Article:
Wilma Cruise and Louis Olivier
French philosopher Luce Irigaray saw birds as divine and mysterious assistants who “intervene with mediations other than those we use as means of communication considered appropriate for human beings” (Irigaray 2004:199). It’s this precognitive empathy with other animals that is subsumed in the apparent playfulness of the works on the Ha-De-Da exhibition.
Taking as a starting point a collage by Olivier of a big beaked bird, Ha-De-Da was born out of the subsequent play with this iconic image. Hadedas have a certain insouciance – a casual lack of concern for humans, dogs or cats. It is a bird sufficient unto its self.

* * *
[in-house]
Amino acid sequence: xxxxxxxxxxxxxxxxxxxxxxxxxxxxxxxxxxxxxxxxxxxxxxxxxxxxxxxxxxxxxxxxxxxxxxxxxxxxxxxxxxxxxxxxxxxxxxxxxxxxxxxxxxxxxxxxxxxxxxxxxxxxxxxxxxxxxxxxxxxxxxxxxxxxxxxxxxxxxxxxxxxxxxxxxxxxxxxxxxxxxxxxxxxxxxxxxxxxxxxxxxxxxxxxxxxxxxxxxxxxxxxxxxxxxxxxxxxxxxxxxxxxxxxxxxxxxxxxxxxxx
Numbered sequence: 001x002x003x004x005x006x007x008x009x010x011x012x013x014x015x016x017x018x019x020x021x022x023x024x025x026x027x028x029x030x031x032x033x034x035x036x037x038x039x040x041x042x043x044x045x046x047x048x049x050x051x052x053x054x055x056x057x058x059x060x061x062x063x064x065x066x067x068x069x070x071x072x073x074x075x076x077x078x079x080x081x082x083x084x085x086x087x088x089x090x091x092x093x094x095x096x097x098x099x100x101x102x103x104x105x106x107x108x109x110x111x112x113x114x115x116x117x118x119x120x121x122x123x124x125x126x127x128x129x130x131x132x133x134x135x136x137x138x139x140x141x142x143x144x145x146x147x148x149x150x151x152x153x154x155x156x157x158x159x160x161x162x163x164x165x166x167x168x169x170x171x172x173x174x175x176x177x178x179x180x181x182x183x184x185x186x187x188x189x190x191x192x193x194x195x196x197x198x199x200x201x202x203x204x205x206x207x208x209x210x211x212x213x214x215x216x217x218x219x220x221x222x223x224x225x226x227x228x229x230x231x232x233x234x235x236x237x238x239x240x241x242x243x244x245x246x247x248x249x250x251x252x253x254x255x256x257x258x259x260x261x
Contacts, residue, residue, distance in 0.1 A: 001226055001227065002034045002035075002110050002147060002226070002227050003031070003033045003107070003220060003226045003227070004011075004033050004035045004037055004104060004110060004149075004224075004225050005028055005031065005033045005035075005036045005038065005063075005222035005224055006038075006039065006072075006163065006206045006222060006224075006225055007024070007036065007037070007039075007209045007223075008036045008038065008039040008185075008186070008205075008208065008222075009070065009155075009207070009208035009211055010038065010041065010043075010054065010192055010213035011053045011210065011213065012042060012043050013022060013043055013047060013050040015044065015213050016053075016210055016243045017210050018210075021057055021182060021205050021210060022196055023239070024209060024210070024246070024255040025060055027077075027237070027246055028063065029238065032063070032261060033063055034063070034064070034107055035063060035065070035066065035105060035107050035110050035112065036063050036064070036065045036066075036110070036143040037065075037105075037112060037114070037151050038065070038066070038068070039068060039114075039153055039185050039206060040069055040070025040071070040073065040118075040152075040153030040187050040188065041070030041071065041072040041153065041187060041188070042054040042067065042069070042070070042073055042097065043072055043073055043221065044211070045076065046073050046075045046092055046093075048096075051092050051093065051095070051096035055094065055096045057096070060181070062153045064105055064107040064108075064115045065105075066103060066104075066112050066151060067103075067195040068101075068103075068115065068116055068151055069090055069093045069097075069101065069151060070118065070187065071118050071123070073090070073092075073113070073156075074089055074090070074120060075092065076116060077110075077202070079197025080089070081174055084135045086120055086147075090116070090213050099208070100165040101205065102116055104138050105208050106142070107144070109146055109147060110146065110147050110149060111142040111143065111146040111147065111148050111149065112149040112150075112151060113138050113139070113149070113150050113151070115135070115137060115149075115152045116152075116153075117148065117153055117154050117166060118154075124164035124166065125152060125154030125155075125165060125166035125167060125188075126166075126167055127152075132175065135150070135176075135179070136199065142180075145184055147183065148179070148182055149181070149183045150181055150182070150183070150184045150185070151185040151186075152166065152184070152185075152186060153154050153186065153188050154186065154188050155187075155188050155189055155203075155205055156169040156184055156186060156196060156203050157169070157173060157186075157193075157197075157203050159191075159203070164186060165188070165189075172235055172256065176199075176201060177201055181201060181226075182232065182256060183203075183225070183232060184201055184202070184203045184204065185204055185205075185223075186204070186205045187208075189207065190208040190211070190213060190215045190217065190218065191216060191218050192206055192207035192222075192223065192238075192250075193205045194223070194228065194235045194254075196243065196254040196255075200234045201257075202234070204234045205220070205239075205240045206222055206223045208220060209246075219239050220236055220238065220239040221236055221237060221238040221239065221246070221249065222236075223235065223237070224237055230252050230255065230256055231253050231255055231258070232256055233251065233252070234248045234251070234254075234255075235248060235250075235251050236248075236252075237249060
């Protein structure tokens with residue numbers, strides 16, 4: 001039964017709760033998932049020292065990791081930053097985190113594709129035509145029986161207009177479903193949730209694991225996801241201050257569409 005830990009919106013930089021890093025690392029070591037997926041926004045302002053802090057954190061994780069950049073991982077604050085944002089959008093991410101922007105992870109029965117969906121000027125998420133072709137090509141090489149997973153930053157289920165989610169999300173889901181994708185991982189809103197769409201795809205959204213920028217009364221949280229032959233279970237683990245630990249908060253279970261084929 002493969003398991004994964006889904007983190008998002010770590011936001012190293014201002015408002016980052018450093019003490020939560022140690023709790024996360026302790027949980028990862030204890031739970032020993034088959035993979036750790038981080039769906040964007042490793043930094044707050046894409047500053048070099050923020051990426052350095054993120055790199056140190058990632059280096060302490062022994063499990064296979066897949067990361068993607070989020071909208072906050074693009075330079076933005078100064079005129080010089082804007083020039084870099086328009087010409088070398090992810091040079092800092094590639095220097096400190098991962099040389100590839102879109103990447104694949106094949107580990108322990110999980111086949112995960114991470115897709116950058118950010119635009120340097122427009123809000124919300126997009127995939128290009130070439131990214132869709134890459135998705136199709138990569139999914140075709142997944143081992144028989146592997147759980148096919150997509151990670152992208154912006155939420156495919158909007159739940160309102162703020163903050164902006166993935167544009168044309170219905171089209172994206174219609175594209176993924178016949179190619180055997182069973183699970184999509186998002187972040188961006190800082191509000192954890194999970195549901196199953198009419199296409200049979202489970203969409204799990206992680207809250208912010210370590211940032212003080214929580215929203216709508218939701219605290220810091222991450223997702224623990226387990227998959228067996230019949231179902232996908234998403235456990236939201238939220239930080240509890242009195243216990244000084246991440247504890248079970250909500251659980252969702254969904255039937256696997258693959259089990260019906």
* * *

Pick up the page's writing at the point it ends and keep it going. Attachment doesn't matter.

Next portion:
In this exhibition the Hadeda appears on plates, sculptures, drawings and masks, acting as a stand-in for all animals. A triptych of small bronzes figures Ha, De and Da, depict an amalgamation of human and bird. “Ha” comes as a punch, “De” absorbs the blow and “Da” is a fight back!